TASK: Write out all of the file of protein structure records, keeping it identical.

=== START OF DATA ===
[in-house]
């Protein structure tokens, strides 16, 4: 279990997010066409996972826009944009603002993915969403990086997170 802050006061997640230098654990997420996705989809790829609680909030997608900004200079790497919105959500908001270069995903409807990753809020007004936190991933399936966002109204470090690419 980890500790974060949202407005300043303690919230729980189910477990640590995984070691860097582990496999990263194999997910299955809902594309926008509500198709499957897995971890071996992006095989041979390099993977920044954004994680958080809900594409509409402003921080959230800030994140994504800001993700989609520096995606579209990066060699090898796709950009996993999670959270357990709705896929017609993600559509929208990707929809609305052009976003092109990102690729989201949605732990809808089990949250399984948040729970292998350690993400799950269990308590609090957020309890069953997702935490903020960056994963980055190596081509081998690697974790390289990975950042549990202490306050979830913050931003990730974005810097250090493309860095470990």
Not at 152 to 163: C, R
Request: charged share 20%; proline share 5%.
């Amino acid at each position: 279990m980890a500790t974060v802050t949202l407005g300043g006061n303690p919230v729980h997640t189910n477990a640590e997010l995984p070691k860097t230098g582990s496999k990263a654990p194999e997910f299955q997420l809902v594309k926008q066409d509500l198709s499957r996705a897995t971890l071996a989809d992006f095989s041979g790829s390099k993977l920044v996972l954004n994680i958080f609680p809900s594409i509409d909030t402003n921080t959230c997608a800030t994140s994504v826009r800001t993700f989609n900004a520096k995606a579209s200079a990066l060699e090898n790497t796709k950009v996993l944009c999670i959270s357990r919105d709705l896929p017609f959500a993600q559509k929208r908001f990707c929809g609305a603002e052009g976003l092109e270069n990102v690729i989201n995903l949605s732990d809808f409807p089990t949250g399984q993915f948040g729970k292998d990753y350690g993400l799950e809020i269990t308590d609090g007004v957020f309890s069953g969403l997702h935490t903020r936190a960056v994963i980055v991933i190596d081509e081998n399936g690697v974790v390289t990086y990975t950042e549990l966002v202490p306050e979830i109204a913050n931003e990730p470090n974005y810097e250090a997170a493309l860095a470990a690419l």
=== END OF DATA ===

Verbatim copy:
[in-house]
């Protein structure tokens, strides 16, 4: 279990997010066409996972826009944009603002993915969403990086997170 802050006061997640230098654990997420996705989809790829609680909030997608900004200079790497919105959500908001270069995903409807990753809020007004936190991933399936966002109204470090690419 980890500790974060949202407005300043303690919230729980189910477990640590995984070691860097582990496999990263194999997910299955809902594309926008509500198709499957897995971890071996992006095989041979390099993977920044954004994680958080809900594409509409402003921080959230800030994140994504800001993700989609520096995606579209990066060699090898796709950009996993999670959270357990709705896929017609993600559509929208990707929809609305052009976003092109990102690729989201949605732990809808089990949250399984948040729970292998350690993400799950269990308590609090957020309890069953997702935490903020960056994963980055190596081509081998690697974790390289990975950042549990202490306050979830913050931003990730974005810097250090493309860095470990």
Not at 152 to 163: C, R
Request: charged share 20%; proline share 5%.
């Amino acid at each position: 279990m980890a500790t974060v802050t949202l407005g300043g006061n303690p919230v729980h997640t189910n477990a640590e997010l995984p070691k860097t230098g582990s496999k990263a654990p194999e997910f299955q997420l809902v594309k926008q066409d509500l198709s499957r996705a897995t971890l071996a989809d992006f095989s041979g790829s390099k993977l920044v996972l954004n994680i958080f609680p809900s594409i509409d909030t402003n921080t959230c997608a800030t994140s994504v826009r800001t993700f989609n900004a520096k995606a579209s200079a990066l060699e090898n790497t796709k950009v996993l944009c999670i959270s357990r919105d709705l896929p017609f959500a993600q559509k929208r908001f990707c929809g609305a603002e052009g976003l092109e270069n990102v690729i989201n995903l949605s732990d809808f409807p089990t949250g399984q993915f948040g729970k292998d990753y350690g993400l799950e809020i269990t308590d609090g007004v957020f309890s069953g969403l997702h935490t903020r936190a960056v994963i980055v991933i190596d081509e081998n399936g690697v974790v390289t990086y990975t950042e549990l966002v202490p306050e979830i109204a913050n931003e990730p470090n974005y810097e250090a997170a493309l860095a470990a690419l």